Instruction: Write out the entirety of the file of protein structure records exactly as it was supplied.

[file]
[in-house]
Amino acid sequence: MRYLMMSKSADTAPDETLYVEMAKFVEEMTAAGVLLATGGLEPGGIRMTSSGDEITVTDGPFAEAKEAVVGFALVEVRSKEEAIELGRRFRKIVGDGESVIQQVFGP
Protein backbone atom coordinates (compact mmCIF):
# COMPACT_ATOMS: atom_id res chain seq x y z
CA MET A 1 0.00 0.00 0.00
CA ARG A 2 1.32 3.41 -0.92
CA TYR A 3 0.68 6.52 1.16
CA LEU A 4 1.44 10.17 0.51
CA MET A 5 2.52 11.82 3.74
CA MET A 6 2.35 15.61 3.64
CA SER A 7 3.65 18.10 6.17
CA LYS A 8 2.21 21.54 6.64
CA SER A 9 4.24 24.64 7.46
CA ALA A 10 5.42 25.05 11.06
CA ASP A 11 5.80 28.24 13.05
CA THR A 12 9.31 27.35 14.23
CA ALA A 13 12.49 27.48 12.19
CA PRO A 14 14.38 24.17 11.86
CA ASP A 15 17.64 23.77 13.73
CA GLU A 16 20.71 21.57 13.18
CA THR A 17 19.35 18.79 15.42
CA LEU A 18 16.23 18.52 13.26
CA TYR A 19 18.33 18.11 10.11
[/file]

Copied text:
[in-house]
Amino acid sequence: MRYLMMSKSADTAPDETLYVEMAKFVEEMTAAGVLLATGGLEPGGIRMTSSGDEITVTDGPFAEAKEAVVGFALVEVRSKEEAIELGRRFRKIVGDGESVIQQVFGP
Protein backbone atom coordinates (compact mmCIF):
# COMPACT_ATOMS: atom_id res chain seq x y z
CA MET A 1 0.00 0.00 0.00
CA ARG A 2 1.32 3.41 -0.92
CA TYR A 3 0.68 6.52 1.16
CA LEU A 4 1.44 10.17 0.51
CA MET A 5 2.52 11.82 3.74
CA MET A 6 2.35 15.61 3.64
CA SER A 7 3.65 18.10 6.17
CA LYS A 8 2.21 21.54 6.64
CA SER A 9 4.24 24.64 7.46
CA ALA A 10 5.42 25.05 11.06
CA ASP A 11 5.80 28.24 13.05
CA THR A 12 9.31 27.35 14.23
CA ALA A 13 12.49 27.48 12.19
CA PRO A 14 14.38 24.17 11.86
CA ASP A 15 17.64 23.77 13.73
CA GLU A 16 20.71 21.57 13.18
CA THR A 17 19.35 18.79 15.42
CA LEU A 18 16.23 18.52 13.26
CA TYR A 19 18.33 18.11 10.11